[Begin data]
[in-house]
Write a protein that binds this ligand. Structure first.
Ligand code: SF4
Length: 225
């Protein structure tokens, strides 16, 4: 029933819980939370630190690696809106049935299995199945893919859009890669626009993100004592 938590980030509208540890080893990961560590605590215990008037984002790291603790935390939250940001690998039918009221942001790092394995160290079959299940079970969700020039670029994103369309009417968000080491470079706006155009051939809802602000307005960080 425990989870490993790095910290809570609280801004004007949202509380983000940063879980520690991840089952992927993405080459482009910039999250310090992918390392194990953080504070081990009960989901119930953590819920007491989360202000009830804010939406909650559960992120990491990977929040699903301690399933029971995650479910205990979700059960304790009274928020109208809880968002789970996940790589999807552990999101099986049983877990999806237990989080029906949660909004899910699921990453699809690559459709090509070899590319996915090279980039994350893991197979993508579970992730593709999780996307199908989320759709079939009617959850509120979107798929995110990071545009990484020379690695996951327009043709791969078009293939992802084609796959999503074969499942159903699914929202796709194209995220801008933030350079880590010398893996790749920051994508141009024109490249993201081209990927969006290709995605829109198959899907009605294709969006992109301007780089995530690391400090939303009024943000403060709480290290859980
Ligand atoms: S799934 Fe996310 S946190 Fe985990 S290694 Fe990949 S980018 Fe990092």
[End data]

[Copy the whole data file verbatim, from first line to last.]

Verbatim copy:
[in-house]
Write a protein that binds this ligand. Structure first.
Ligand code: SF4
Length: 225
């Protein structure tokens, strides 16, 4: 029933819980939370630190690696809106049935299995199945893919859009890669626009993100004592 938590980030509208540890080893990961560590605590215990008037984002790291603790935390939250940001690998039918009221942001790092394995160290079959299940079970969700020039670029994103369309009417968000080491470079706006155009051939809802602000307005960080 425990989870490993790095910290809570609280801004004007949202509380983000940063879980520690991840089952992927993405080459482009910039999250310090992918390392194990953080504070081990009960989901119930953590819920007491989360202000009830804010939406909650559960992120990491990977929040699903301690399933029971995650479910205990979700059960304790009274928020109208809880968002789970996940790589999807552990999101099986049983877990999806237990989080029906949660909004899910699921990453699809690559459709090509070899590319996915090279980039994350893991197979993508579970992730593709999780996307199908989320759709079939009617959850509120979107798929995110990071545009990484020379690695996951327009043709791969078009293939992802084609796959999503074969499942159903699914929202796709194209995220801008933030350079880590010398893996790749920051994508141009024109490249993201081209990927969006290709995605829109198959899907009605294709969006992109301007780089995530690391400090939303009024943000403060709480290290859980
Ligand atoms: S799934 Fe996310 S946190 Fe985990 S290694 Fe990949 S980018 Fe990092």